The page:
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October 6, 2004:

Making a list: The best-laid plans for senior year

By Jen Albinson ’05

Several of my friends and I worked as ushers during Commencement 2004. The job proved stressful at times: negotiating with families who had left their tickets in Milwaukee, forming impenetrable human chains to keep mom and her new digital camera from blocking the procession, and deciding whether the rain was strong enough to distribute the thousands of orange ponchos Princeton had purchased for the occasion. But the job certainly had its perks. We got paid. We got to see all our older friends graduate. We got front row seats to hear Jon Stewart’s talk on Class Day. All in all, a pretty sweet deal.

Most importantly, the usher job got us thinking about Commencement 2005. After three fun-filled years of studying away the days and dancing away the nights, celebrating birthdays and dealing with breakups, organic chemistry and Latin American history, the end was in sight. While watching the Class of 2004 adjust its caps and tassels, my roommate Emily and I had a minor panic attack, thinking how fast the last three years had gone. Days earlier in the P-rade we’d heard the Class of 1994 serenade the Class of 2004 with the lines: “Never leave, never leave.” We thought about all the things left to do.

And so the summer after our junior year, we created The List. My roommates and I were far-flung: Andrea was in New York, Courtney in Princeton, both Emily Moxley and Emily Chiswick-Patterson in Boston, and I in Washington, D.C. E-mail provided the only way to compose The List. Emily C. kicked it off. She proposed that sometime during our senior year, we accomplish the following: an afternoon at the Art Museum, a big family tailgate party before a football game, regularly scheduled roommate cocktail hours, a trip to the Jersey Shore, and dinner at the Princetonian Diner on Route One. Emily M. suggested more late-night dance parties – a remedy for stress, based on singing along to Enrique Iglesias and dancing on couches. Emily C. wrote back with another stress-buster: a meditation workshop already planned at the Carl A. Fields Center for the first week of school. Someone suggested a trip to the nearest Six Flags theme park. I threw out Tiger Night, the annual event that showcases all of the performing arts groups for freshmen. Andrea suggested going to Philadelphia for cheesesteaks.

A month after the start of school, having gotten settled into our rooms, our classes, and our status as the oldest kids on campus, we had yet to accomplish anything on our list. We tried to go to Tiger Night, but the freshmen filled Richardson to capacity. I guess it isn’t for seniors after all. We completely forgot about the meditation workshop. One night we all piled into a car and drove out to Route One with the intent of going to the diner, but ended up at a Tex-Mex place instead. Appropriate weather for trips to the beach and Six Flags has come and gone. We can see the Art Museum from our window, but haven’t stopped in once. The family tailgate failed; we couldn’t even get two families to coordinate their visits to Princeton, much less five. The cheesesteaks are still an option, but two of us are vegetarians.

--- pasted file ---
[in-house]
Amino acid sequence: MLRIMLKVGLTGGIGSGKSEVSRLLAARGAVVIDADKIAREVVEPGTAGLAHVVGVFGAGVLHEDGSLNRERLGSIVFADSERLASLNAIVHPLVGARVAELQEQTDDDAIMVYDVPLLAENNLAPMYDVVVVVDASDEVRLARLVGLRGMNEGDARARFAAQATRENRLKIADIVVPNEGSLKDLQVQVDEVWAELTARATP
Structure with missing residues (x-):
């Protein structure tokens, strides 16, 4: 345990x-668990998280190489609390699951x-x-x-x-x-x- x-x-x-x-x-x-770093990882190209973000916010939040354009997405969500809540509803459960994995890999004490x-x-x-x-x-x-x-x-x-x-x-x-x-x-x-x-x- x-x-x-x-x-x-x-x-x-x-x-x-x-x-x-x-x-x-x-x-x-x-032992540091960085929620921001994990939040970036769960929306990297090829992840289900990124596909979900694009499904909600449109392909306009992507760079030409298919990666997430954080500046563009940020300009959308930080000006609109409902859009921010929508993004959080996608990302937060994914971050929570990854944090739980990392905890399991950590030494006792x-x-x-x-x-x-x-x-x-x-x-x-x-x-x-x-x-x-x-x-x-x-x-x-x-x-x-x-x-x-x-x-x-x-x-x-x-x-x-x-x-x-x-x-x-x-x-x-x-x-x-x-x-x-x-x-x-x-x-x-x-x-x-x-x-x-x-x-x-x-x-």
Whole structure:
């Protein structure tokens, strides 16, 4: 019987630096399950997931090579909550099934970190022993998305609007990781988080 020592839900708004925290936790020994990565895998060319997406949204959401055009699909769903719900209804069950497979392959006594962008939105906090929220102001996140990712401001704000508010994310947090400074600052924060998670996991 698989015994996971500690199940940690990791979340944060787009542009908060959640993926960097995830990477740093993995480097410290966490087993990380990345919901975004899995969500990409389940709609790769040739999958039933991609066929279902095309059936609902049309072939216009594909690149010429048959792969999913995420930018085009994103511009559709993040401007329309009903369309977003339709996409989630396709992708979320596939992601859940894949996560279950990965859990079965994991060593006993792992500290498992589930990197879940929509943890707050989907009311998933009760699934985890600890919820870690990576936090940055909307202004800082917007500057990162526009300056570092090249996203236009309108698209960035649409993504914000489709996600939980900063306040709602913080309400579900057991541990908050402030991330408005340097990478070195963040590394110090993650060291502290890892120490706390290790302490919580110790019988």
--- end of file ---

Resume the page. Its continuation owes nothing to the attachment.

In theory, senior year is all about accomplishing things. Finishing course requirements. Writing a thesis. Applying to graduate school. Finding a job. Growing up. Graduating. As much as senior year is about checking off these items, the failure of The List helped us to realize what seems to be dawning on every member of the Class of 2005: that the joy of the year is really found in the spaces between the items you check off your lists. It is the Saturday night we didn’t go out to the Street until 2:30 in the morning because we were having so much fun talking in our room. It is the arch sing that we just happened to walk by. It is dropping our work and running to the field hockey game in the rain, just to cheer on our friends. It’s our plans to decorate our carrels in Firestone Library, not the time spent working in them.

Every year, I spend the week before school leading a freshman Outdoor Action backpacking orientation trip. This year, I had six great freshmen on my trip, and we took the Green Mountains of Vermont by storm. I tried to impart many important lessons on my frosh: the best secret study spaces on campus, the places where you can score free cups of coffee, the most discrete way to eat your lunch in class if you don’t have time to eat it in the dining hall, how to pull an all-nighter. The lesson I did not impart on them, the lesson that I myself hadn’t learned yet, was to enjoy those moments when seemingly nothing is happening. So with this column over, I am off to see my roommates. They’re lounging on the couches, and I don’t want to miss a second of it.

Jen Albinson ’05 is a history major and can be reached at albinson@princeton.edu.